State-Level Private Enforcement Is Much More Complicated Than Previously Thought

(Originally published by ProMarket on March 1, 2024)

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Most of the scholarship on private enforcement, in which individual citizens sue to enforce legal statutes, has focused on federal-level laws. In new research, Jeffrey Xia, Diego A. Zambrano, Neel Guha, and Austin Peters show how expansive and messy state-level private enforcement statutes are, and explain why previous theories on private enforcement do not explain the dynamic among the states. They conclude that research on state-level private enforcement demands much more attention than previously provided.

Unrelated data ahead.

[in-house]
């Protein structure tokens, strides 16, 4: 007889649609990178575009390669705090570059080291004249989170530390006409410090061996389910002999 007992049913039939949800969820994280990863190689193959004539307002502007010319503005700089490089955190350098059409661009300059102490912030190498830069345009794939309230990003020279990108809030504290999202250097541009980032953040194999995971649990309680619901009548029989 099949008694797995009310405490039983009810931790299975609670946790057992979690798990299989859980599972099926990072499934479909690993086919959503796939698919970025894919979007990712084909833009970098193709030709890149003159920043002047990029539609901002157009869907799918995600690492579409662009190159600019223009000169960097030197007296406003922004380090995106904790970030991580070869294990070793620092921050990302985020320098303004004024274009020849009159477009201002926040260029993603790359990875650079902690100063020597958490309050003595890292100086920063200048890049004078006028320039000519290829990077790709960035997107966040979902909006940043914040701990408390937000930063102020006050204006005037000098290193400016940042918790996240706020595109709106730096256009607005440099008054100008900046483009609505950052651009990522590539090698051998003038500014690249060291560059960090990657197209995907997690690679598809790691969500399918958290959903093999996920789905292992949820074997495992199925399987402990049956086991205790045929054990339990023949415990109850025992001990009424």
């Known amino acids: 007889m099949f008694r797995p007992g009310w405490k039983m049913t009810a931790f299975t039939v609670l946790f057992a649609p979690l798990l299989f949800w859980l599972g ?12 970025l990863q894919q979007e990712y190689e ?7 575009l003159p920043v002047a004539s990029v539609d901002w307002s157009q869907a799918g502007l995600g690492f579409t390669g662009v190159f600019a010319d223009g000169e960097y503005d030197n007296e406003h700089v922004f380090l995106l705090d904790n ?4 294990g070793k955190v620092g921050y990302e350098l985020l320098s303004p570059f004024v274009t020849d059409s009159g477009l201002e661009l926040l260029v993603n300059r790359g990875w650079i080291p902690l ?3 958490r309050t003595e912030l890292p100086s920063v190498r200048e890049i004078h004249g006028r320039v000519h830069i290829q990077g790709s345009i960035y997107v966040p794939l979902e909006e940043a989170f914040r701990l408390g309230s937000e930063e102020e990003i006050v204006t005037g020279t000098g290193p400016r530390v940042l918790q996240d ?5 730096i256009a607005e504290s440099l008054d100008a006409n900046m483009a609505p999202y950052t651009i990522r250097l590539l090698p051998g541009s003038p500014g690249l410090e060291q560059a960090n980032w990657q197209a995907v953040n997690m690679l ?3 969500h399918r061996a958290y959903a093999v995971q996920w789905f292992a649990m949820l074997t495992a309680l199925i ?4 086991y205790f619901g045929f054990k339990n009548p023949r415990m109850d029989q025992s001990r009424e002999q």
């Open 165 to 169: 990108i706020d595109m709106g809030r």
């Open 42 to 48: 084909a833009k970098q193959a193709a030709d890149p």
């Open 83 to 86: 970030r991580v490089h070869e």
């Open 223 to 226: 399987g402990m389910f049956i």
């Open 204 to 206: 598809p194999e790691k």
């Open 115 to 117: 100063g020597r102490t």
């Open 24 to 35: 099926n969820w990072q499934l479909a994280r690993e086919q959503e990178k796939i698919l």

One of the most interesting and unique features of the United States legal system is also one of the most puzzling: unlike most countries, the U.S. relies primarily on private litigants to enforce its most important statutes. Whenever the federal government faces demands to solve a societal problem—environmental, economic, or otherwise—Congress typically responds by enacting a statute that gives private plaintiffs the right to sue alongside public enforcement. At the federal level, we do this across the board: civil rights, antitrust, environmental law, employment, etc. In many cases, Congress does not merely create a private right of action; it also pairs the right with additional incentives like fee shifting, treble damages, and class actions. In turn, private parties eagerly employ these rights, filing the vast majority of antitrust, employment, and environmental law claims. Nowhere else in the world do we see this degree of reliance on private litigation.